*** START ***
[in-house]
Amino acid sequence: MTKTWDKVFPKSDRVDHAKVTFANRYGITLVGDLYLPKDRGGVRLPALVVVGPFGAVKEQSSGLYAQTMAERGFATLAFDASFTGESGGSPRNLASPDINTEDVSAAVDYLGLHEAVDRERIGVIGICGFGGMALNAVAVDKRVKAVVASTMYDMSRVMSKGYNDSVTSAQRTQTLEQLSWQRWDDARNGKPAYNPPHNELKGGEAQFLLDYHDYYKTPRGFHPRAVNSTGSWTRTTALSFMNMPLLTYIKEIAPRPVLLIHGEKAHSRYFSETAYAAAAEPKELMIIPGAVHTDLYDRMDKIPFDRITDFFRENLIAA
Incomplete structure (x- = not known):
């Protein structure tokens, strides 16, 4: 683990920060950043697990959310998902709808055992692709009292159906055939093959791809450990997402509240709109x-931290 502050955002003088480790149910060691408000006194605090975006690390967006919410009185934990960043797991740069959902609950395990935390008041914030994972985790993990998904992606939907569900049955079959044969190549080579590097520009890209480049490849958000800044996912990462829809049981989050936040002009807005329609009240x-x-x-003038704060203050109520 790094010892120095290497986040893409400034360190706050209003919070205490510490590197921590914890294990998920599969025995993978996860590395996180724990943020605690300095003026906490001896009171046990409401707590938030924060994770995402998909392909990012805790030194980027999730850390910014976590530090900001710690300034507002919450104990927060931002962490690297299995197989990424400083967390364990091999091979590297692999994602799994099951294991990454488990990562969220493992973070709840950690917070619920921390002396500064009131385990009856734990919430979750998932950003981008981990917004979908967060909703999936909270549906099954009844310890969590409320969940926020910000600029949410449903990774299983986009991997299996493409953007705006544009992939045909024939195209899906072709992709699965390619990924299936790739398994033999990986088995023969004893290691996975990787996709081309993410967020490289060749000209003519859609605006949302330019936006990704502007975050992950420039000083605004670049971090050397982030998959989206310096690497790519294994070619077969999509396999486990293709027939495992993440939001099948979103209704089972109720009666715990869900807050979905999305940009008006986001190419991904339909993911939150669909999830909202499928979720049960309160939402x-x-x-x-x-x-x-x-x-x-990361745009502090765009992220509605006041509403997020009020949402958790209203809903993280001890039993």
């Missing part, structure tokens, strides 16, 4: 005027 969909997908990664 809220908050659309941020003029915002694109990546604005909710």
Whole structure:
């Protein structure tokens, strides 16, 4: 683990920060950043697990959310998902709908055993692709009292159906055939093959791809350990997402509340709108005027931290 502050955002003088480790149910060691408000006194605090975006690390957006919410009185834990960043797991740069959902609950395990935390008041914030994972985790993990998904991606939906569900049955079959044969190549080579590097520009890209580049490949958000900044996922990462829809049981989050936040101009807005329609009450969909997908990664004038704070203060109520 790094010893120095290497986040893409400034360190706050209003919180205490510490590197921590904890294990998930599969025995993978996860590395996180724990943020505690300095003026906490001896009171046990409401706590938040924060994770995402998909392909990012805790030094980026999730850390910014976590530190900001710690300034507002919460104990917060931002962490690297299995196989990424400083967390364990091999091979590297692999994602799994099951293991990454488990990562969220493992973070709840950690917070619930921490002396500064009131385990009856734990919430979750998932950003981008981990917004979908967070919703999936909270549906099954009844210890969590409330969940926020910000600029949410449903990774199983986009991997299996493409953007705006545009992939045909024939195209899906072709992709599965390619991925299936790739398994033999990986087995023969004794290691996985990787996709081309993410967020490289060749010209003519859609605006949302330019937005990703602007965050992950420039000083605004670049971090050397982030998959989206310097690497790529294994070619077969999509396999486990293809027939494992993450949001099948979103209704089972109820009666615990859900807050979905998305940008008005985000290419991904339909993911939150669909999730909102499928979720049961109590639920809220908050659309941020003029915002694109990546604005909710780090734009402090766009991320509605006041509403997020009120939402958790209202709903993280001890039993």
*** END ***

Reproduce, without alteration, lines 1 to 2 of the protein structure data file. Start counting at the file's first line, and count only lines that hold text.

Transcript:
[in-house]
Amino acid sequence: MTKTWDKVFPKSDRVDHAKVTFANRYGITLVGDLYLPKDRGGVRLPALVVVGPFGAVKEQSSGLYAQTMAERGFATLAFDASFTGESGGSPRNLASPDINTEDVSAAVDYLGLHEAVDRERIGVIGICGFGGMALNAVAVDKRVKAVVASTMYDMSRVMSKGYNDSVTSAQRTQTLEQLSWQRWDDARNGKPAYNPPHNELKGGEAQFLLDYHDYYKTPRGFHPRAVNSTGSWTRTTALSFMNMPLLTYIKEIAPRPVLLIHGEKAHSRYFSETAYAAAAEPKELMIIPGAVHTDLYDRMDKIPFDRITDFFRENLIAA